Dalli takes swipe at ‘rule of law’ MEPs over concerns on impartiality

Labour MEP says most of NGOs that MEPs will be speaking to “have a set narrative and are certainly not representative of the Maltese population at large”

Labour MEP Miriam Dalli
Labour MEP Miriam Dalli

The arrival of a committee of MEPs from the European Parliament’s civil liberties committee has raised concerns about impartiality from Labour MEP Miriam Dalli.

The delegation – made up of chair Sophia in ’t Veld, Nationalist Party MEP Roberta Metsola, and MEPs Josef Weidenholzer, Monica Macovei and Sven Giegold – will be in Malta on 18 and 19 September to investigate the state of rule of law in Malta.

The committee of MEPs will also investigate the assassination of journalists Jan Kuciak and Daphne Caruana Galizia.

They plan to meet ministers, judges, the Attorney General and the heads of the the Malta Financial Services Authority and the Financial Intelligence Analysis Unit. They will also be exchanging views with journalists and representatives of the Daphne Project, and will be discussing the situation on the island with NGOs concerned.

“I am very concerned about the impartiality of any analysis vis-à-vis Malta because there is a strong partisan element that is taking over a few months before the European elections in May 2019,” Miriam Dalli (S&D) said.

“The Working Group that is coming to Malta is also going to Slovakia. There are no Slovakian MEPs in the delegation, yet there is a Maltese MEP coming from the Opposition Party. How can a PN MEP be part of a mission set to look impartially into the rule of law of their own country, when the MEP’s thoughts are already well known?”

Dalli also said that a look at the list of meetings that the Working Group has with civil society confirms that it will mostly meet activists “who have a set narrative and are certainly not representative of the Maltese population at large.”

She was referring to the NGOs Kenniesa, Awturi, Civil Society Network, Occupy Justice, as well as activist Manuel Delia and lawyer Andrew Borg Cardona, a friend of the Caruana Galizia family.

“Other names that have been put forward, known for their impartial take on Malta, have been discarded. I would have expected that proposed names that could have brought some type of balance would have been included. Yet for some reason these were objected to.

“As far as I am concerned, a selection of people that the Working Group is speaking to is heavily skewed with a clear agenda against the Maltese government and does not allay in anyway my fears that the working group is coming to Malta and base itself on facts.”

MEPs will be unable to meet with the countries’ respective prime ministers because the meeting coincides with an EU summit. While according to a draft programme for the visit they will be meeting the countries’ prime ministers, Peter Pellegrini and Joseph Muscat, both leaders will be unavailable.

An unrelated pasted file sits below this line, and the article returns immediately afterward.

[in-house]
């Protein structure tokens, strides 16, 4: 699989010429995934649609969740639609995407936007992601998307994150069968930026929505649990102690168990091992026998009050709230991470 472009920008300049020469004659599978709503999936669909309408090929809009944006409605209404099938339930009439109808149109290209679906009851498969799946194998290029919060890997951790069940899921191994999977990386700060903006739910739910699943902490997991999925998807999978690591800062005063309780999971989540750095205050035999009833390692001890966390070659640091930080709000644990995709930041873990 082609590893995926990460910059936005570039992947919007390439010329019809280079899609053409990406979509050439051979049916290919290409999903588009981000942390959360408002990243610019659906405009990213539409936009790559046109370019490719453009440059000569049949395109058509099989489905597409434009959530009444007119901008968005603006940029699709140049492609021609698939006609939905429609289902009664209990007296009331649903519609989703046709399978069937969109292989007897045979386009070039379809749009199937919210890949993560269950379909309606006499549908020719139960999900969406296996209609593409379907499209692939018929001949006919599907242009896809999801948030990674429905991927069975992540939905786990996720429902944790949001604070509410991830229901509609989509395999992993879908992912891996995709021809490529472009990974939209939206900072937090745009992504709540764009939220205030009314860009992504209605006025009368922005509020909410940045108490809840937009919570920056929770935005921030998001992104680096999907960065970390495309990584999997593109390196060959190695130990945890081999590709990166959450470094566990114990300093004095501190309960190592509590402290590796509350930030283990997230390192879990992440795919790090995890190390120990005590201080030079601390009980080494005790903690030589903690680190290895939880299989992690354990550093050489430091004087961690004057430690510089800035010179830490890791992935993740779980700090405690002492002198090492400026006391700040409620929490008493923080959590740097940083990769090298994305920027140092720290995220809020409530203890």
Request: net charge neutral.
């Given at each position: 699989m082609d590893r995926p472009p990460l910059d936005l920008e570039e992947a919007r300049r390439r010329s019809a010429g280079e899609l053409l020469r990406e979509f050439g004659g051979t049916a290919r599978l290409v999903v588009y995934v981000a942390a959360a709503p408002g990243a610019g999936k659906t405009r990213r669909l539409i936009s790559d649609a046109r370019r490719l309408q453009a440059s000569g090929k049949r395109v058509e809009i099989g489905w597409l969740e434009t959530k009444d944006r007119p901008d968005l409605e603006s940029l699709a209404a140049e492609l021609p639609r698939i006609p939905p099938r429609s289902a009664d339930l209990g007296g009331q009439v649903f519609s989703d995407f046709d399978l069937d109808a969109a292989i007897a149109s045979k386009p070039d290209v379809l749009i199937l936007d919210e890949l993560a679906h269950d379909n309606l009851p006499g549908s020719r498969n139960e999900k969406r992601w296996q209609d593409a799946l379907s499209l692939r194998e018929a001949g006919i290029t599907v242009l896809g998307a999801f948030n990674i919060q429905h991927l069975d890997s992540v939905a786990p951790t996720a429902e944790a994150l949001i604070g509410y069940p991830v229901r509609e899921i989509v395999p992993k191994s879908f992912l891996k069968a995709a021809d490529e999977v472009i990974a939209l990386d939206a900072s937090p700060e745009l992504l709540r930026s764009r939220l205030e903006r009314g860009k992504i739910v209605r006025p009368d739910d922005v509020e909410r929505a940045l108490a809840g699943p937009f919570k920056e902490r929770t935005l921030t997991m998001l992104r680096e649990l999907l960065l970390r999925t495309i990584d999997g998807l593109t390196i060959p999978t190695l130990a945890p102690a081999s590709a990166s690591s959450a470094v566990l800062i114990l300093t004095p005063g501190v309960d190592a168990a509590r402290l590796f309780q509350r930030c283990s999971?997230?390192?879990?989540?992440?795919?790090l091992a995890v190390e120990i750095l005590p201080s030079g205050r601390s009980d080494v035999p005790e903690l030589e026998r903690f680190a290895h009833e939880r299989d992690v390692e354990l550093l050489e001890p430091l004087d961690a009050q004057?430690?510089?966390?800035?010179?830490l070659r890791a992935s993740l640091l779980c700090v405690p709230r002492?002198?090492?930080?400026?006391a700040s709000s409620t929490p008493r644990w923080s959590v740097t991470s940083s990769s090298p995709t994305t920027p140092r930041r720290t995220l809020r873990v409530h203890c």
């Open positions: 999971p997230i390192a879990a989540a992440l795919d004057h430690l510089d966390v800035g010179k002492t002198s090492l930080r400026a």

The Slovak Cabinet will be in Košice on 17 September, when MEPs arrive in Bratislava to meet with the Czech government to jointly celebrate the 100th anniversary of the founding of Czechoslovakia. And the meeting marked “to be confirmed” with Muscat on 20 September will be impossible because of the informal Salzburg summit of EU leaders.

Miriam Dalli also took to task European Parliament president Antonio Tajani over his comments defending EPP ally Viktor Orban and for not voting on the censure against Hungary and rule of law.

“To defend his friend Viktor Orban – the person which changed his country’s constitutional and legal framework to weaken the judiciary, restrict freedom of expression and assembly and move in against media, NGOs and research institutions – Tajani compares Malta to Hungary. Even going as far as saying that Malta is even worse than Hungary. This is a person surrounded by individuals close to the PN – one of whom has just confirmed he will be running for elections on the PN ticket. These arguments by a person who holds the highest role in the European Parliament continue to shed serious doubts about what conclusions will be reached,” Dalli said.

The MEPs from the EP’s civil liberties committee LIBE come a week since the Parliament voted to trigger Article 7 procedures against Hungary by a two-thirds majority. Tajani told Il Sole’s Radio24 that he did not vote because he stood by Forza Italia’s decision not to support the censure motion: “Why was nothing done then against countries like Malta and Slovakia, when you had two journalists killed here, and in the case of Slovakia, leading to the resignation of a center-left prime minister?” Tajani said, referring to the assassinations of Daphne Caruana Galizia and Ján Kuciak.

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